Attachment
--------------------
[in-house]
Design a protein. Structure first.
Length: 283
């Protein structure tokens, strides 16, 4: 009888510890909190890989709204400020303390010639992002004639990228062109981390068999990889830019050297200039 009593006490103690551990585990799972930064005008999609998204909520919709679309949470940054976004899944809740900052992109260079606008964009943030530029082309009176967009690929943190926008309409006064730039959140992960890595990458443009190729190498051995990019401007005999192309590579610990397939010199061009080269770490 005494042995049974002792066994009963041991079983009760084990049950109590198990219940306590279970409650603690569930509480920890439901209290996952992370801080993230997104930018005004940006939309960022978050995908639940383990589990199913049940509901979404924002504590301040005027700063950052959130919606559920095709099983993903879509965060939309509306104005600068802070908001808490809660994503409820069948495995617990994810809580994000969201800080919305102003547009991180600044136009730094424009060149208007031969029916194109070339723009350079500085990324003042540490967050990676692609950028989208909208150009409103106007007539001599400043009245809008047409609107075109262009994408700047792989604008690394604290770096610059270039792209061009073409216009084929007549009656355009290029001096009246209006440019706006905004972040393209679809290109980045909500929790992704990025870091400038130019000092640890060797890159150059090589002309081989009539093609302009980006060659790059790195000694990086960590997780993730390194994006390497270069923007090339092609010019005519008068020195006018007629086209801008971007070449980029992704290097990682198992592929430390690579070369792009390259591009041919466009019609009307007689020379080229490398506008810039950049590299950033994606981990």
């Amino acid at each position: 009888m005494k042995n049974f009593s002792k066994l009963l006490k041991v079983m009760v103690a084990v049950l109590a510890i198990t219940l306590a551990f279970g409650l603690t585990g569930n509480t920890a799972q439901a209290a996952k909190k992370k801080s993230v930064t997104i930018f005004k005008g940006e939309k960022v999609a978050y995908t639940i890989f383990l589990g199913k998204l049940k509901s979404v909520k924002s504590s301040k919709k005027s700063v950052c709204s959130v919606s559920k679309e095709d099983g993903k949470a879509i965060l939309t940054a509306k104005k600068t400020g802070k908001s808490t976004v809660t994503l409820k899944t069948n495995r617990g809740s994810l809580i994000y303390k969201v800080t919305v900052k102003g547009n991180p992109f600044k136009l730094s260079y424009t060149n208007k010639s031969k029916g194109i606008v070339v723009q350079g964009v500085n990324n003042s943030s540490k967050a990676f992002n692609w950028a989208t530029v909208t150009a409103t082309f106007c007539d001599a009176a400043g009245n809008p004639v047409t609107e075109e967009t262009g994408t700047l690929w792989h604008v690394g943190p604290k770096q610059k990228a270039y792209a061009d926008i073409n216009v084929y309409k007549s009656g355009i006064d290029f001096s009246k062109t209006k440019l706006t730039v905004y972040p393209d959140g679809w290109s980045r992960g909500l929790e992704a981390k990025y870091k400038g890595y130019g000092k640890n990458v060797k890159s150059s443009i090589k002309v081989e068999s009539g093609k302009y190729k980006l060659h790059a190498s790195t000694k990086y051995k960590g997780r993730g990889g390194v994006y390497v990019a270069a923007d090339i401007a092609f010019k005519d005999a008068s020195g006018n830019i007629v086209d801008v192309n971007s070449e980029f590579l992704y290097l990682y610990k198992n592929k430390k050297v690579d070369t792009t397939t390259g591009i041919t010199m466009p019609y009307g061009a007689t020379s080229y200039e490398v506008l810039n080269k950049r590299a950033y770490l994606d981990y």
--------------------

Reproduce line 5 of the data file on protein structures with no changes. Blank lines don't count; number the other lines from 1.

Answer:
């Amino acid at each position: 009888m005494k042995n049974f009593s002792k066994l009963l006490k041991v079983m009760v103690a084990v049950l109590a510890i198990t219940l306590a551990f279970g409650l603690t585990g569930n509480t920890a799972q439901a209290a996952k909190k992370k801080s993230v930064t997104i930018f005004k005008g940006e939309k960022v999609a978050y995908t639940i890989f383990l589990g199913k998204l049940k509901s979404v909520k924002s504590s301040k919709k005027s700063v950052c709204s959130v919606s559920k679309e095709d099983g993903k949470a879509i965060l939309t940054a509306k104005k600068t400020g802070k908001s808490t976004v809660t994503l409820k899944t069948n495995r617990g809740s994810l809580i994000y303390k969201v800080t919305v900052k102003g547009n991180p992109f600044k136009l730094s260079y424009t060149n208007k010639s031969k029916g194109i606008v070339v723009q350079g964009v500085n990324n003042s943030s540490k967050a990676f992002n692609w950028a989208t530029v909208t150009a409103t082309f106007c007539d001599a009176a400043g009245n809008p004639v047409t609107e075109e967009t262009g994408t700047l690929w792989h604008v690394g943190p604290k770096q610059k990228a270039y792209a061009d926008i073409n216009v084929y309409k007549s009656g355009i006064d290029f001096s009246k062109t209006k440019l706006t730039v905004y972040p393209d959140g679809w290109s980045r992960g909500l929790e992704a981390k990025y870091k400038g890595y130019g000092k640890n990458v060797k890159s150059s443009i090589k002309v081989e068999s009539g093609k302009y190729k980006l060659h790059a190498s790195t000694k990086y051995k960590g997780r993730g990889g390194v994006y390497v990019a270069a923007d090339i401007a092609f010019k005519d005999a008068s020195g006018n830019i007629v086209d801008v192309n971007s070449e980029f590579l992704y290097l990682y610990k198992n592929k430390k050297v690579d070369t792009t397939t390259g591009i041919t010199m466009p019609y009307g061009a007689t020379s080229y200039e490398v506008l810039n080269k950049r590299a950033y770490l994606d981990y």